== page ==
Having gone without my traditional beer, I realized at some point that I was feeling a little parched. Then it dawned on me: in all my years of sitting in JoJo’s Martini Lounge and making fun of its technicolor beverages that were contained in tall plastic tubes, I’d never actually tried one. At 12:33, I decided to change that by ordering an Electric Lemonade. Even though the $12 price didn’t make this a likely candidate for a repeat indulgence, we have to admit that the drink actually hit the spot at that moment. As we sipped it and looked around the venue that now had close to 20 patrons inside, LSD’s “Thunderclouds” played, as did “All Of Me” by John Legend, “Rich Girl” by Hall & Oates (I no longer cared that they repeated an artist so soon in the set), “ABC” by The Jackson 5, and “Young Americans” by David Bowie in succession.

Then came “Good Day Sunshine” by The Beatles and “Killer Queen” by Queen. In all, most of these songs were good to great, especially compared to previous years and when put against the music of the first 10 minutes this year. At 12:57 Neil Diamond’s “Delirious Love” came over the speakers and the volume increased, likely done in preparation of Neil impersonator and JoJo’s regular Eric Diamond’s 1 p.m set. And that was it. It was over.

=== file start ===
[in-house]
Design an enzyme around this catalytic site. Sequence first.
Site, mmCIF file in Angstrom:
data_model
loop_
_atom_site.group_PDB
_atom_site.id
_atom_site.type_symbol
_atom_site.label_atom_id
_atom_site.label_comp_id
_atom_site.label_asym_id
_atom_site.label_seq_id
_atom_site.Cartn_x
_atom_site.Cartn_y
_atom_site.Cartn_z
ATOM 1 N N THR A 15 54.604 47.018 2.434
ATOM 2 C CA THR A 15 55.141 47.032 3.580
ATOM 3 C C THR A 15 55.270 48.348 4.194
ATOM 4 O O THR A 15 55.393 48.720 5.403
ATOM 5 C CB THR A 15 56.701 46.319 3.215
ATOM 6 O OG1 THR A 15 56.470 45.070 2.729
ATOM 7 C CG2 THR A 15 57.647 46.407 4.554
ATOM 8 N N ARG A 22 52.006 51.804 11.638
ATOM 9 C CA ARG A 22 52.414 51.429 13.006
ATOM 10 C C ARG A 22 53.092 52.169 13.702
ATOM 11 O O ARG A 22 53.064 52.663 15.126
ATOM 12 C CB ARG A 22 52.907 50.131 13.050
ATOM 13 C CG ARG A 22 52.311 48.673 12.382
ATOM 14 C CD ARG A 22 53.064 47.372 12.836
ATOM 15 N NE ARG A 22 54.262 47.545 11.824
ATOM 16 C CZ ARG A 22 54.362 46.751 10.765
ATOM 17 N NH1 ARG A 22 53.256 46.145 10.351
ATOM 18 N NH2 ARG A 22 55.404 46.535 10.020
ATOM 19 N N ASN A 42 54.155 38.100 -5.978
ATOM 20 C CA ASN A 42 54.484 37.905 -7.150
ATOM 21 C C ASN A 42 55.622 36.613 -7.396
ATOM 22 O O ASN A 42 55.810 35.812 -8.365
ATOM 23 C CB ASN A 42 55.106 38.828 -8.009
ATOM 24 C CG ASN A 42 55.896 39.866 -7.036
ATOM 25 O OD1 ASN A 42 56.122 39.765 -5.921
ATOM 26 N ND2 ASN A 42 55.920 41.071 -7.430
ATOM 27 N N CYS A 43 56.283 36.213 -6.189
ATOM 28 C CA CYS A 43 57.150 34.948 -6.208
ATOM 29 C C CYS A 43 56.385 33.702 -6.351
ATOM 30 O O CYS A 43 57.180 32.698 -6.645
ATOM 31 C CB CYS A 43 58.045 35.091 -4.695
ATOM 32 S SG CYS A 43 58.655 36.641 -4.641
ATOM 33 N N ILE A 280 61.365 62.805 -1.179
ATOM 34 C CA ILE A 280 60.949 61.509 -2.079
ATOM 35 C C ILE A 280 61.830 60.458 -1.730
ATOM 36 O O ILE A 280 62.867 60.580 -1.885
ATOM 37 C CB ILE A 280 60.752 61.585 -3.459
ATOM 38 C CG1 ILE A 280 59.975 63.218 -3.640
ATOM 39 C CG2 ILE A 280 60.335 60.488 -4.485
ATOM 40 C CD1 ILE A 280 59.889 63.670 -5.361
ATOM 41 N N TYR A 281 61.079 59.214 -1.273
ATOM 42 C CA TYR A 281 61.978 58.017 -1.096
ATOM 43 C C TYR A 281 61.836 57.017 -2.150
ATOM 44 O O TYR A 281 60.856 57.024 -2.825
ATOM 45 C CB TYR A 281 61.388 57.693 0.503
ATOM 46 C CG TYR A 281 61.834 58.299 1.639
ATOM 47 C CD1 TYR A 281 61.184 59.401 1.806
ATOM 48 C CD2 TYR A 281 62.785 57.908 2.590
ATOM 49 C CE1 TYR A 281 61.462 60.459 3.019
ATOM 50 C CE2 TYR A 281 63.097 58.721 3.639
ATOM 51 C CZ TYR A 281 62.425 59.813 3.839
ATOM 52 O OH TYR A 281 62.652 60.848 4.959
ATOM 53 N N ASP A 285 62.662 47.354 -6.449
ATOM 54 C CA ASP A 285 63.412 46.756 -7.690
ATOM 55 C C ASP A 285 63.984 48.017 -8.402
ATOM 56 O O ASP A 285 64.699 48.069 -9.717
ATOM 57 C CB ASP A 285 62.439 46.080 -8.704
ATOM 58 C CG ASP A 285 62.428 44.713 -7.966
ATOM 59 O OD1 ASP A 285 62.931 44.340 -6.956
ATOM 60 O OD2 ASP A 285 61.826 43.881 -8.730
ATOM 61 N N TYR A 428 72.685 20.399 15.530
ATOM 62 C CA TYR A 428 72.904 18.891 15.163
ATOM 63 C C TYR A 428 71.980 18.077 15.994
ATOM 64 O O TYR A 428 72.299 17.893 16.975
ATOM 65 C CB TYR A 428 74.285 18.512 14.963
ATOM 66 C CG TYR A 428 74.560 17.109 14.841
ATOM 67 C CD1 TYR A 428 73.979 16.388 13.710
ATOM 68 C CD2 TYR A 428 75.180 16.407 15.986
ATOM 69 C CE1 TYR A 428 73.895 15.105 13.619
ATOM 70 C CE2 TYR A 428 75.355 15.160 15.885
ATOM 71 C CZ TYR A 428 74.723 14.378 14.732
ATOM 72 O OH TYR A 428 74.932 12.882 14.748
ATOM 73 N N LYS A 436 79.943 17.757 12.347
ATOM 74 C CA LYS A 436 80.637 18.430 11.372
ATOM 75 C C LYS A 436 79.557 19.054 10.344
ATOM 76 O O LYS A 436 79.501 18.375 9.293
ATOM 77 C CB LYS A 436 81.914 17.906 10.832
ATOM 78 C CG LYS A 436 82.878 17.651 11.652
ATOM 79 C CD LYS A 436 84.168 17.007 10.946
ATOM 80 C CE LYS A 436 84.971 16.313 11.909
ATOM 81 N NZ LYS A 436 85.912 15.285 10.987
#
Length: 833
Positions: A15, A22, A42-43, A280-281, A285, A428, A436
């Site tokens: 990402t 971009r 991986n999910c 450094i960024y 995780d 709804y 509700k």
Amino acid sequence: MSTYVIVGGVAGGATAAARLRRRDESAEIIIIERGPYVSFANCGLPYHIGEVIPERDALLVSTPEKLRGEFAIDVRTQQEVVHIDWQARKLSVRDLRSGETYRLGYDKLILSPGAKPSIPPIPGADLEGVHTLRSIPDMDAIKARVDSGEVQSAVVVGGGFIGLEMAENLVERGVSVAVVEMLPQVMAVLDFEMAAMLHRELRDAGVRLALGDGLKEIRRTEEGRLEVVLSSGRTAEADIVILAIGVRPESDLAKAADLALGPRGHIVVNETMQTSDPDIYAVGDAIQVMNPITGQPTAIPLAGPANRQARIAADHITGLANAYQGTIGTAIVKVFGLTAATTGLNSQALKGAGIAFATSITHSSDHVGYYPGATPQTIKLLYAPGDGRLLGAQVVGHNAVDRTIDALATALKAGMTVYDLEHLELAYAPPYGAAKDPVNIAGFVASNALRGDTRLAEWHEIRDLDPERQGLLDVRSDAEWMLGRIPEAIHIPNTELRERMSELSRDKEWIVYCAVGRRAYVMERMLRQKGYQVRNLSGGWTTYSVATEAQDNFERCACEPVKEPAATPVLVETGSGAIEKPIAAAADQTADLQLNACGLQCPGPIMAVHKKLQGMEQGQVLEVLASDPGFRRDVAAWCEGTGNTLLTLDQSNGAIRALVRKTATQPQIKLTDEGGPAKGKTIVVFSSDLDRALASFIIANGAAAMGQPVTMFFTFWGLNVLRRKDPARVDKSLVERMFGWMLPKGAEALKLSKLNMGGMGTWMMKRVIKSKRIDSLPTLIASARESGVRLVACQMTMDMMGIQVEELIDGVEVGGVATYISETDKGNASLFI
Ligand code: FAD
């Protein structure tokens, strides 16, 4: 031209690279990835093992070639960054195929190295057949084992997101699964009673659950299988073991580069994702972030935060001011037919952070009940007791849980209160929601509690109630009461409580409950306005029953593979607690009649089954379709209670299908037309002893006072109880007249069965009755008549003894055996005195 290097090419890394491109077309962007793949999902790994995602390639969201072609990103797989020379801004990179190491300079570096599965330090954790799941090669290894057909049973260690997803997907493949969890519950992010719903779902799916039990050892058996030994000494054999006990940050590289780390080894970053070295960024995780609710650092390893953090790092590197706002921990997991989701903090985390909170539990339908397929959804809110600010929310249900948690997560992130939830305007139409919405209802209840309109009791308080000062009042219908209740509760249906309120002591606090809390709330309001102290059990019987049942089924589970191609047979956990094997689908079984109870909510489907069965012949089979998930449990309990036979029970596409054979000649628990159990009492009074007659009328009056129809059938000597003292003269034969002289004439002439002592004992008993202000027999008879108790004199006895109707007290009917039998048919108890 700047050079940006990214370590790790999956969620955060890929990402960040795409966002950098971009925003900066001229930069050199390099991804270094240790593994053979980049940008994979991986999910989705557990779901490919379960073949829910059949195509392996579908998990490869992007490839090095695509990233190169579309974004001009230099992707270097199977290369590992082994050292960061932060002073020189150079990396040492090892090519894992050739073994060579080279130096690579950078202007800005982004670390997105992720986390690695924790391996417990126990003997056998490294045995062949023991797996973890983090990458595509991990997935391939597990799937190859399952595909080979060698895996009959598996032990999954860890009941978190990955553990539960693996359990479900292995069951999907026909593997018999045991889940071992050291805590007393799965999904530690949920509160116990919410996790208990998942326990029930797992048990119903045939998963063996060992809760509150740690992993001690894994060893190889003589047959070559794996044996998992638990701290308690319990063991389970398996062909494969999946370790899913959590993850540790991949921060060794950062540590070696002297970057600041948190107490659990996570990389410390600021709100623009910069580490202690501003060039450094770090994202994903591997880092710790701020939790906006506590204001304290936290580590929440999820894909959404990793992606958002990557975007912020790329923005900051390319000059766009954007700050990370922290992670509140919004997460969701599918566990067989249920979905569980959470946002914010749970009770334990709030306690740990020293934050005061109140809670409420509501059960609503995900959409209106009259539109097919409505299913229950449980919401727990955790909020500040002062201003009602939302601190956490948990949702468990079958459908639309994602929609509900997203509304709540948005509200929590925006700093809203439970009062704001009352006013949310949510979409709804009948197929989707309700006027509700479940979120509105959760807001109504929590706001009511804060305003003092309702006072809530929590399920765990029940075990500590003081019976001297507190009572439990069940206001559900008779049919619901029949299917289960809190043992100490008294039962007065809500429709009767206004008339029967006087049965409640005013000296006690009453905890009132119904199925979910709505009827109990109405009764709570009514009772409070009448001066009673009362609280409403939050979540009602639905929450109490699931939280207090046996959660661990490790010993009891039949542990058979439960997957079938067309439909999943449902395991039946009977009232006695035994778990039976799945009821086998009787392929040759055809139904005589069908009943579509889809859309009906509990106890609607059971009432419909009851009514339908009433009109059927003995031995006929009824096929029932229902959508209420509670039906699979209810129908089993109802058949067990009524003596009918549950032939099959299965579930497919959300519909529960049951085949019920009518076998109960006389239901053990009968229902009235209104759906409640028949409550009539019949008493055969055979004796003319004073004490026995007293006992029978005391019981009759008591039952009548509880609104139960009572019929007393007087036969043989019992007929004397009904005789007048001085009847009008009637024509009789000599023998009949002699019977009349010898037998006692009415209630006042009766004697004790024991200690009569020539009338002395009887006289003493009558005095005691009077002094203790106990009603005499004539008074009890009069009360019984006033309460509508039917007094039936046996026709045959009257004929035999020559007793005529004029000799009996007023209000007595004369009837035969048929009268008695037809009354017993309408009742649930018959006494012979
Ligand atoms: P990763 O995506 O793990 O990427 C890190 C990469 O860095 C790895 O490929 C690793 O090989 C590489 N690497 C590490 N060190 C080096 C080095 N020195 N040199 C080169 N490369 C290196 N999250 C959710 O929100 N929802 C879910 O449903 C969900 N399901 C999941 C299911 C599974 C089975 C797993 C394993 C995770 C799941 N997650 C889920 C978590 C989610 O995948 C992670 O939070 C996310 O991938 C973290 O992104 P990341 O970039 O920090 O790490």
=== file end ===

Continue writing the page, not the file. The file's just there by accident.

No longer in search of a brutal button to help tie together my hour of self-imposed dissatisfaction, I just walked out of the tent at as the clock struck one. Usually, I’d make a B-line back to my car so I could go home and type this all out while the wound was still fresh in my mind. This time, though, I stayed and walked around Summerfest for a while longer. After all, it was a beautiful day and things could’ve been much worse. For so many people struggling to make it in the increasingly cruel world outside the festival gates, it is much worse.

About The Author

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Co-Founder and Editor

Before co-founding Milwaukee Record, Tyler Maas wrote for virtually every Milwaukee publication (except Wassup! Magazine). He lives in Bay View and enjoys both stuff and things.